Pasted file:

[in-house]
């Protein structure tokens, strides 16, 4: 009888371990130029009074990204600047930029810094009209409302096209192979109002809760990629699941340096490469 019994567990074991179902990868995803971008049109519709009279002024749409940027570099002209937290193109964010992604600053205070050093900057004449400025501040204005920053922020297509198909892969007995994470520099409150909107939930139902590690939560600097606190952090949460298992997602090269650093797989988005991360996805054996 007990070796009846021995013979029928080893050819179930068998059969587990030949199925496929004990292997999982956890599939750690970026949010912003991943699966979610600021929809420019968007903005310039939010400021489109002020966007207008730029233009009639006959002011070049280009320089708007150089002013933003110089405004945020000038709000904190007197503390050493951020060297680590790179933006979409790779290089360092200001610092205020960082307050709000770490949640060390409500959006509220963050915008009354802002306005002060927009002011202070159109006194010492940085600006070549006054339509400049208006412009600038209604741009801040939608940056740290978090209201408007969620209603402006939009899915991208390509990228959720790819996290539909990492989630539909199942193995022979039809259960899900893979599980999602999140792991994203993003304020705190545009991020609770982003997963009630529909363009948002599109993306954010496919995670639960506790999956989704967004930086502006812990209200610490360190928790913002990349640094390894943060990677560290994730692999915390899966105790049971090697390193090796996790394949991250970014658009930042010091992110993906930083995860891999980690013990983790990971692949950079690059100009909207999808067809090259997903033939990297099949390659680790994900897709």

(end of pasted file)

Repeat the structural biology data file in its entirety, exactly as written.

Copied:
[in-house]
């Protein structure tokens, strides 16, 4: 009888371990130029009074990204600047930029810094009209409302096209192979109002809760990629699941340096490469 019994567990074991179902990868995803971008049109519709009279002024749409940027570099002209937290193109964010992604600053205070050093900057004449400025501040204005920053922020297509198909892969007995994470520099409150909107939930139902590690939560600097606190952090949460298992997602090269650093797989988005991360996805054996 007990070796009846021995013979029928080893050819179930068998059969587990030949199925496929004990292997999982956890599939750690970026949010912003991943699966979610600021929809420019968007903005310039939010400021489109002020966007207008730029233009009639006959002011070049280009320089708007150089002013933003110089405004945020000038709000904190007197503390050493951020060297680590790179933006979409790779290089360092200001610092205020960082307050709000770490949640060390409500959006509220963050915008009354802002306005002060927009002011202070159109006194010492940085600006070549006054339509400049208006412009600038209604741009801040939608940056740290978090209201408007969620209603402006939009899915991208390509990228959720790819996290539909990492989630539909199942193995022979039809259960899900893979599980999602999140792991994203993003304020705190545009991020609770982003997963009630529909363009948002599109993306954010496919995670639960506790999956989704967004930086502006812990209200610490360190928790913002990349640094390894943060990677560290994730692999915390899966105790049971090697390193090796996790394949991250970014658009930042010091992110993906930083995860891999980690013990983790990971692949950079690059100009909207999808067809090259997903033939990297099949390659680790994900897709």